Notwithstanding these improvements, our evaluation identified areas in which enhanced internal controls can assist the OHC in achieving its recruitment and selection goals.
The OHC has four key performance metrics related to human capital: (1) workforce technical competence, (2) workforce diversity, (3) quality of hire,20 and (4) staffing efficiency.21 At the time of our review, we found that the OHC had finalized three performance metrics related to the OHC's hiring process; however, as of December 31, 2014, it had not yet finalized the staffing efficiency performance metric, which assesses hiring timeliness.
The Presidential Memorandum and OPM guidance state that agencies are expected to set specific targets for measuring success in their efforts to reduce the time it takes to hire employees. In reviewing the time taken to fill vacancy announcements, we found that the OHC has not developed procedures to compare actual performance to specific target completion dates for each step in the CFPB's hiring process. The OHC provides reports quarterly to CFPB senior management on the time it takes hiring managers to select an applicant from the certificate of eligibles, but it does not track other key steps in the hiring process and compare them with targeted completion dates.
The OHC is in the process of developing an internal policy that documents the target completion dates for each step in the hiring process and the procedure for tracking and reporting on hiring performance. Additionally, to implement the staffing efficiency performance metric, the OHC is designing an end-to-end hiring timeline using the steps identified in OPM's 80-calendar-day standard. The OHC has initiated efforts to track, monitor, and report on steps in the hiring process and has worked with BFS ARC to receive reports for BFS ARC's hiring steps. While the staffing efficiency performance metric has not been fully implemented, these efforts will help inform the OHC's draft internal policy on target completion dates. Finalizing this internal policy and implementing the staffing efficiency performance metric will assist the CFPB in adhering to the goals of the Presidential Memorandum and OPM guidance by measuring the timeliness of the CFPB's hiring process and providing data to inform any improvements, if needed.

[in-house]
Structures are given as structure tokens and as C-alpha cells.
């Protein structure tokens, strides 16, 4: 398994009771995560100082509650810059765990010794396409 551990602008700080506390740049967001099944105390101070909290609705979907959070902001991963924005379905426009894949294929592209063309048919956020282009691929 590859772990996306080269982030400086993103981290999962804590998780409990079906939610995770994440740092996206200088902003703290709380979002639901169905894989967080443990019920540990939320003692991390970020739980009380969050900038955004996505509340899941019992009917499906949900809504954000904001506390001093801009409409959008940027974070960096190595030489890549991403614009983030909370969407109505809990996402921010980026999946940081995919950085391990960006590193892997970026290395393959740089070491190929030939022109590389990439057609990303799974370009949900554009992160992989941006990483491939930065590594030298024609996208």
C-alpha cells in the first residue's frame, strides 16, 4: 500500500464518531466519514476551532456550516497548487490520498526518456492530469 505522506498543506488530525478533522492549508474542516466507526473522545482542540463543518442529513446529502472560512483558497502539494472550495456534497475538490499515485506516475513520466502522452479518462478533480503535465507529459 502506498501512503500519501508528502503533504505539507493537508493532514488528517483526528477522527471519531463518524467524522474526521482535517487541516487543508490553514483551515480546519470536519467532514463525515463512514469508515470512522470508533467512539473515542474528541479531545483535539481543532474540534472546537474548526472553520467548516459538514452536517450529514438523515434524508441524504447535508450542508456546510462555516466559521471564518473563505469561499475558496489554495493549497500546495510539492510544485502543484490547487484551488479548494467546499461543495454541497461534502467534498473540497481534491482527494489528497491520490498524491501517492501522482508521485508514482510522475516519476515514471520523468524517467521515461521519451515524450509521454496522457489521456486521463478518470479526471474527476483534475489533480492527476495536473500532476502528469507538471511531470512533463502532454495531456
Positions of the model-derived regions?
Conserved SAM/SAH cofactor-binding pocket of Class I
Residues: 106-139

During our review period, the OHC completed a detailed survey to identify and evaluate the adequacy of internal controls in its office as well as across the CFPB. The OHC's survey is part of the CFPB's agency-wide continuous monitoring and periodic evaluation activities, which include an agency-wide risk assessment. However, the results of the OHC's most recent survey did not evaluate the adequacy of internal controls specifically related to the CFPB's recruitment and selection processes.
According to GAO's Standards for Internal Control in the Federal Government, the monitoring of controls can help identify deficiencies and ensure that issues are promptly resolved. The CFPB's Chief Operating Officer said that the CFPB's agency-wide evaluation activities could be enhanced to monitor risks related to the recruitment and selection processes. The OHC plans to formally document all existing monitoring activities, develop new monitoring activities, and establish a schedule to formally review and assess the results of these monitoring activities. As of December 14, 2014, the office had not yet completed the effort to formally document all current monitoring activities for recruitment and selection processes. Until comprehensive monitoring activities are implemented, the OHC cannot fully assess whether internal control activities related to the CFPB's recruitment and selection processes are designed and operating effectively.
Although the OHC established control activities in policies and procedures, we found that certain control activities were not always followed and monitoring activities were not fully developed. The OHC has taken action to improve its internal control framework by completing a review of recruitment incentives and establishing a central directory of SOPs. In addition, the OHC is in the process of establishing a policy and finalizing the staffing efficiency performance metric that will better enable the agency to assess the timeliness of its hiring process. By enhancing its monitoring activities and completing efforts related to measuring hiring timeliness, the OHC can further improve its internal control framework, help ensure that control activities are functioning as designed, and more effectively evaluate the efficiency of its hiring processes.
We recommend that the Chief Human Capital Officer
The Chief Human Capital Officer concurs with our recommendations. For recommendation 1, the Chief Human Capital Officer states that the OHC will formally document all activities that are currently being performed around the recruitment and selection process, including new monitoring activities that will be developed. Additionally, the Chief Human Capital Officer states that the OHC will establish a schedule on which to formally review and assess the results of monitoring activities. These efforts are scheduled to be completed by March 31, 2016.
For recommendation 2, the Chief Human Capital Officer states that since the conclusion of the OIG's evaluation, the OHC has implemented an automated tool to track the completion dates for each step in the hiring process. This tool will be used to determine baseline performance and then to set target completion dates for each hiring step. The Chief Human Capital Officer also notes that once target completion dates are set, the OHC will finalize an internal policy to document the metrics that it will track and report. These efforts are scheduled to be completed by December 31, 2015.
The actions described by the Chief Human Capital Officer appear to be responsive to our recommendations. We plan to follow up on the CFPB's actions to ensure that all recommendations are fully addressed.